A female patient in Tallaght Hospital allegedly refused to be treated by two medial consultants on the grounds that they were both Muslim.
On December 8, the patient asked the female medical professional if she was a Muslim since she was wearing a hijab.
After the consultant replied that she was, the patient refused to be treated by her and asked for someone else to tend to her needs.
Afterwards, a male medic came out to assist her, but the woman refused him on the grounds that he was a Muslim too.
The daughter of the patient shared her mother’s experience on Facebook, which has since gained a lot of controversy and public debate.
She wrote that when the first consultant came to see her mother, she was wearing “a hijab and black sack”.
“My mam asked her the obvious, if she was Muslim. The consultant replied yes, to which my mam then told her that she wanted to see someone else.
“In walks another consultant – a big black bearded man. Guess what he was – a Muslim too. My mam stuck to her guns and said ‘well they are just going to have to find me a non-Muslim consultant’.
“Hours pass and eventually someone comes into the ward to talk to my mam about it. She was told that they had a board meeting and that the hospital runs a certain way and they were going to have to ask her to leave,” she said.
The daughter’s Facebook post also stated that her family is currently lodging an official complaint on Tallaght Hospital due to their belief that the patient did not receive the respect she deserved.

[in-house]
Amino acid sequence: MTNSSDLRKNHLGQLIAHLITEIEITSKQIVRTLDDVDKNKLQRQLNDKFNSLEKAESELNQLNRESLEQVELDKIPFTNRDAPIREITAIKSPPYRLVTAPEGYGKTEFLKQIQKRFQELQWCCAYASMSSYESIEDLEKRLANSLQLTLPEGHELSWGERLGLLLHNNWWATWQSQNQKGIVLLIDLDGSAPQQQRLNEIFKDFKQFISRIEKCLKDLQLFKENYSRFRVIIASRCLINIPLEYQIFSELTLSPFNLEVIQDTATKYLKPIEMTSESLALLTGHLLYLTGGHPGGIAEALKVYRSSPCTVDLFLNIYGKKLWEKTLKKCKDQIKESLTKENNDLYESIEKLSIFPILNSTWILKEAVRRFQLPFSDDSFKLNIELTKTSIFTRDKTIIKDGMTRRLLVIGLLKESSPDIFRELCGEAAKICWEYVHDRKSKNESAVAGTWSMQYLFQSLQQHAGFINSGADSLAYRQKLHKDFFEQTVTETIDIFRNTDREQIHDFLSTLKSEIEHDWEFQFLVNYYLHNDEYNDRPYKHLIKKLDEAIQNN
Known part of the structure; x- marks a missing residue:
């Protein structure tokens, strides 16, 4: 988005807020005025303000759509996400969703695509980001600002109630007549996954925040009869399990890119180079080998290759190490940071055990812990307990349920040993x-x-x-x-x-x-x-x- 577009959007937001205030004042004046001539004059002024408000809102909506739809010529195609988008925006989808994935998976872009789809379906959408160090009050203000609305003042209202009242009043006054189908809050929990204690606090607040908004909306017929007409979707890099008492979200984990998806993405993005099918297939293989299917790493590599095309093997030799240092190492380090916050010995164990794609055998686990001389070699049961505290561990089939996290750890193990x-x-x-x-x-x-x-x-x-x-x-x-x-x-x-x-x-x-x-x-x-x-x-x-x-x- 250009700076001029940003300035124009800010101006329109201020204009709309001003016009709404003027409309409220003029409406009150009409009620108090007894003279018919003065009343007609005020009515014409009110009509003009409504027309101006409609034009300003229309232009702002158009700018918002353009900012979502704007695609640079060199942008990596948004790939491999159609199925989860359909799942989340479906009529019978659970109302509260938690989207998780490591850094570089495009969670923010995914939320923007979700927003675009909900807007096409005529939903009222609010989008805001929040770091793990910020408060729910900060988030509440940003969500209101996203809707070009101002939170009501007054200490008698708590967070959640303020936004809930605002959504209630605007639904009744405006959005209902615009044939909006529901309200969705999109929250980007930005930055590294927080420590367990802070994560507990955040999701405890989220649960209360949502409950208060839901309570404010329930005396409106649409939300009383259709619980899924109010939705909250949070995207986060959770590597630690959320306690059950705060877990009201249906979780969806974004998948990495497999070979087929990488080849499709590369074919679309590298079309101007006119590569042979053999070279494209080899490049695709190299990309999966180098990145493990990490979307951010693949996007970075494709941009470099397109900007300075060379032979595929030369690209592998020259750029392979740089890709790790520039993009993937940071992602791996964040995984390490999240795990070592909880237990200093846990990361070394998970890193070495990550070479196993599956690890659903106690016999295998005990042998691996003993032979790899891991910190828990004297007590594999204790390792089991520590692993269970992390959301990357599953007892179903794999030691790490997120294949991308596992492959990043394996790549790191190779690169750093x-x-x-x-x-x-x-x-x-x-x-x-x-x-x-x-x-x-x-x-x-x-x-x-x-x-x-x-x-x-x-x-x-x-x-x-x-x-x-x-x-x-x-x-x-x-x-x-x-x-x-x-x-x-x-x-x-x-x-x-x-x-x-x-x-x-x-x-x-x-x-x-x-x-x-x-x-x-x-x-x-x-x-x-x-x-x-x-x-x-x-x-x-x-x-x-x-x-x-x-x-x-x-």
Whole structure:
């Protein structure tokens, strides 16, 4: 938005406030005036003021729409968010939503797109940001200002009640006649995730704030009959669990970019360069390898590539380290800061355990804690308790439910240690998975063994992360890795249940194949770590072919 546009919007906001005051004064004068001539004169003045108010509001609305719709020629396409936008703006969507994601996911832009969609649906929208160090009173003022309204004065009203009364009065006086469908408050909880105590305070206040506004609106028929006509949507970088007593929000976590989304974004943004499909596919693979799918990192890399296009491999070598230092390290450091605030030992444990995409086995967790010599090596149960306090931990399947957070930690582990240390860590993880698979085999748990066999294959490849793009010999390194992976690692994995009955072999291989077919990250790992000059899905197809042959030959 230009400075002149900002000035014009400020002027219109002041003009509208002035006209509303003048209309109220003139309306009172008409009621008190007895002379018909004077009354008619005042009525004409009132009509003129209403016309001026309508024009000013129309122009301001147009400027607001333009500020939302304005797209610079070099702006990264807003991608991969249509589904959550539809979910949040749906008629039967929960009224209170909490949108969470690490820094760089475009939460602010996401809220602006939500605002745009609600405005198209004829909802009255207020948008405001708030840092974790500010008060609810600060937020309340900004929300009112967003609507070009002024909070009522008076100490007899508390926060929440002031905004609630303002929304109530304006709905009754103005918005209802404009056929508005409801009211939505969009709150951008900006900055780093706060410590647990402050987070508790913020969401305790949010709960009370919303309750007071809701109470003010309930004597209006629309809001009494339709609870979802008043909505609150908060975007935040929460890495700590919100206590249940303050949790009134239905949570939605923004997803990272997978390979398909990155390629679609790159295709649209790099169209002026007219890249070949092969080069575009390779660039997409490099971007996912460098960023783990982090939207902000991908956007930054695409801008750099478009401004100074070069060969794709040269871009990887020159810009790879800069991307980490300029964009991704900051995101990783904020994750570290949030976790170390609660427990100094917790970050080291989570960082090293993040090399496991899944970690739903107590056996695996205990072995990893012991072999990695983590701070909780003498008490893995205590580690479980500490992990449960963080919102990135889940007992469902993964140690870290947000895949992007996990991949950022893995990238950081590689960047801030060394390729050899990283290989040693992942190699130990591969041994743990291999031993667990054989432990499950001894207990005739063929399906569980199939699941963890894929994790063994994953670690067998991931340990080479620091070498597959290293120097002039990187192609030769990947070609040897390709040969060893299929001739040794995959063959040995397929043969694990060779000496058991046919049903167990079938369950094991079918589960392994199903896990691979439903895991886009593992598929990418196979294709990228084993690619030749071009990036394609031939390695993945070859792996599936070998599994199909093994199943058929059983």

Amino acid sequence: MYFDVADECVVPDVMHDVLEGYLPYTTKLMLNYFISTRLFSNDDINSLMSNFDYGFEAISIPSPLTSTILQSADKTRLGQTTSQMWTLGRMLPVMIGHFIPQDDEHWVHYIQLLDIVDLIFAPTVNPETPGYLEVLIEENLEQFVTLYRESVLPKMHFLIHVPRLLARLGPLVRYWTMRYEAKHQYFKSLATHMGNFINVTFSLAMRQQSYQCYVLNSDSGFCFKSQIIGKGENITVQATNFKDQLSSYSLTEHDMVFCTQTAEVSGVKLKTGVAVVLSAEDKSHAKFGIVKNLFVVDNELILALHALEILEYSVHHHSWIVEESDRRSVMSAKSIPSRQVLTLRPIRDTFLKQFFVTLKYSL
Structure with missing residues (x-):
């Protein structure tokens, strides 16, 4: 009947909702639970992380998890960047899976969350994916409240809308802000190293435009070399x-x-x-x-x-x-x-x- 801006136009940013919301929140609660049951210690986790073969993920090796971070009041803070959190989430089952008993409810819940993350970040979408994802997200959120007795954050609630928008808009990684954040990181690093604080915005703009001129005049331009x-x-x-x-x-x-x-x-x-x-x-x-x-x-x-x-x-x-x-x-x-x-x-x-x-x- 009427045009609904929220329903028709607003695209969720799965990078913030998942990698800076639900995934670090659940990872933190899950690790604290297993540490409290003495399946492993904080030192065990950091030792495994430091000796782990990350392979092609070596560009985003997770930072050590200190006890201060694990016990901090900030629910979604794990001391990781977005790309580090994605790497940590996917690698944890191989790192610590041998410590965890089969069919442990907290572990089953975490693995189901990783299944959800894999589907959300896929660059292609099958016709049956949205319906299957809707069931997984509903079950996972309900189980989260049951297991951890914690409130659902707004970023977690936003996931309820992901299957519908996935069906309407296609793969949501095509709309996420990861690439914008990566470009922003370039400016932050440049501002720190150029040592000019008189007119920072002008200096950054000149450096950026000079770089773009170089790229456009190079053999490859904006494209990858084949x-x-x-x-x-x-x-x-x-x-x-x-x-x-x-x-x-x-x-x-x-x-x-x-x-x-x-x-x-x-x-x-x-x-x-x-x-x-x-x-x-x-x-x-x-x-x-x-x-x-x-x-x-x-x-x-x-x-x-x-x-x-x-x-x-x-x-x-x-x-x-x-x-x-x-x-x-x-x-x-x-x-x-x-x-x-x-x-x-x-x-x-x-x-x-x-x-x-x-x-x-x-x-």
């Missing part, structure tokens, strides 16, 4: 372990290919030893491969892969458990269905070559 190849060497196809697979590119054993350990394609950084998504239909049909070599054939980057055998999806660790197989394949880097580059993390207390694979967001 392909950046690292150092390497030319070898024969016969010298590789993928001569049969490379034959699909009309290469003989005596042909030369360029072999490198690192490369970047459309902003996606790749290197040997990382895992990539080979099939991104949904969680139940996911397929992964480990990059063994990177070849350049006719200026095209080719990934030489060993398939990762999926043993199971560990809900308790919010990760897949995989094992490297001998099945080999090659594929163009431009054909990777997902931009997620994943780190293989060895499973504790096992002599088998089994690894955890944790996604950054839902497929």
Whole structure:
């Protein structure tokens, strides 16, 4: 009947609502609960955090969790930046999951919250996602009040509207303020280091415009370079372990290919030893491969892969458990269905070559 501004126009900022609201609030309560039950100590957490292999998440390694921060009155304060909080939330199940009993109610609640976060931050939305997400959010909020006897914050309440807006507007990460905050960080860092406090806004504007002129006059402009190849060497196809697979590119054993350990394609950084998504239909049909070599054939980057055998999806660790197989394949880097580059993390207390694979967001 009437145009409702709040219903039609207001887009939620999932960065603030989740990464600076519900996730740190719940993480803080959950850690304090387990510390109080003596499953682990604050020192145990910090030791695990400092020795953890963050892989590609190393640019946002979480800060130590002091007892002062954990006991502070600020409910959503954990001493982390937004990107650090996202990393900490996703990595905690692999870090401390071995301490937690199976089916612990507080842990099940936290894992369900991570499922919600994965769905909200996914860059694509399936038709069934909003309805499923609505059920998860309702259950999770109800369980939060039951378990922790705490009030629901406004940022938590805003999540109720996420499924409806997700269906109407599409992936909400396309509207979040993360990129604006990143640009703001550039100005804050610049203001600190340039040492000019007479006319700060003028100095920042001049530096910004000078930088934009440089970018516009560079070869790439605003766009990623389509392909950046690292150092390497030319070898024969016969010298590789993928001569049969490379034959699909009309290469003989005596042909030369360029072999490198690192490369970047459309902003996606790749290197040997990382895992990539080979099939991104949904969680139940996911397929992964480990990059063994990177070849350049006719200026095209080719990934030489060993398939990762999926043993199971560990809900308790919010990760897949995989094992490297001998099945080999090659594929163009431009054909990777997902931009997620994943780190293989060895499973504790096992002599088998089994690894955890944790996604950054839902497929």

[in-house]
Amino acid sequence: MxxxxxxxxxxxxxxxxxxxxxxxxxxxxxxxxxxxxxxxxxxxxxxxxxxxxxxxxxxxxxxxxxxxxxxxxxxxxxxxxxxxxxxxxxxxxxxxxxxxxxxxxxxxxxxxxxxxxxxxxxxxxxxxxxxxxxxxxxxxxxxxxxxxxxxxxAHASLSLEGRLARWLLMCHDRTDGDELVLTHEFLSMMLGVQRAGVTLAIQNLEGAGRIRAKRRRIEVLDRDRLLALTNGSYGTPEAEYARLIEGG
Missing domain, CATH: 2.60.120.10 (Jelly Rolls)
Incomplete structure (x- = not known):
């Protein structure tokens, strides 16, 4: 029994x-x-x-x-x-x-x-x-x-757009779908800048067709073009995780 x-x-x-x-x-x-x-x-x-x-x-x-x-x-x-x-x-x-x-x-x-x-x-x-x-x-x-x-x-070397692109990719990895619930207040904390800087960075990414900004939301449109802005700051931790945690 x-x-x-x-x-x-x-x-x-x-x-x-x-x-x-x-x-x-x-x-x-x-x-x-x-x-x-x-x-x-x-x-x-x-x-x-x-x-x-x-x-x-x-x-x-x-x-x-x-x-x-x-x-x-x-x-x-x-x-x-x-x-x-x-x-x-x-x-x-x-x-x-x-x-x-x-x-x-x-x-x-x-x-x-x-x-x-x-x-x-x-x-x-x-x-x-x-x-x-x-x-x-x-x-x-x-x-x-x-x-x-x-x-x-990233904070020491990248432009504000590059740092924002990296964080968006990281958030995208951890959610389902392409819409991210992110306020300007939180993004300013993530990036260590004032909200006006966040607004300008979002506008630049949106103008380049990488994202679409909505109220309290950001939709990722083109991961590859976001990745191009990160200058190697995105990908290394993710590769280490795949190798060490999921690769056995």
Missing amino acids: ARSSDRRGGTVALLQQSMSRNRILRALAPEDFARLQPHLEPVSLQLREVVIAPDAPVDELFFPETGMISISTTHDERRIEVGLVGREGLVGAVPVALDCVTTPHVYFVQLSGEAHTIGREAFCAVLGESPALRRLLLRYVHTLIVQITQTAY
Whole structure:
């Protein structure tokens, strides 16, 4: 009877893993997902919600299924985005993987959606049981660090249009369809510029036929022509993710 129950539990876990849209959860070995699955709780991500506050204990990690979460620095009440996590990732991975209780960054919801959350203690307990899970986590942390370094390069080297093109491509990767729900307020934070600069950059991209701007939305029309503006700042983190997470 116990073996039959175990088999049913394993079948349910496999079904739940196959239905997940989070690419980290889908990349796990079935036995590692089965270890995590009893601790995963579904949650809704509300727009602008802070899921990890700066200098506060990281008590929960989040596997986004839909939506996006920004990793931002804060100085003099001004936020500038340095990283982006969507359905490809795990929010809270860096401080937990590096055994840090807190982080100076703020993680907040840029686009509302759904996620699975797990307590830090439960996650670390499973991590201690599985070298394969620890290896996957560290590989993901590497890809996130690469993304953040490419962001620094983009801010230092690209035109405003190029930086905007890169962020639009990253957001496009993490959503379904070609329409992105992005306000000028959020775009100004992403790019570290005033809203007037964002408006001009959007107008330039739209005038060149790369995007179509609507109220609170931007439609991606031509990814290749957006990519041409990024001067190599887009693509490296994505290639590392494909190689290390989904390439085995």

Following the controversy that arose after her statement, Cllr Dermot Looney (Ind) tweeted that Muslim doctors do amazing work around Ireland and in Tallaght.
“I despair, not only for doctors but for wonderful Muslim kids I’ve taught who want to become doctors. What vileness they face.
“My heart sinks… Muslim docs do amazing work around Ireland, including in Tallaght.”
Responding to The Gazette, a spokesperson from Tallaght Hospital said it cannot comment on individual patient cases due to patient confidentiality, but confirmed that no patients were denied treatment during the week the woman in question was in the hospital.
The spokesperson added: “Tallaght Hospital’s values emphasise respect and the hospital’s establishing charter guarantees the free profession and practise of religion by all associated with the hospital and in particular the members of staff. These values are upheld by all staff and the hospital expects patients to respects these values of fairness and equity. No patients have been denied appropriate treatment this week.”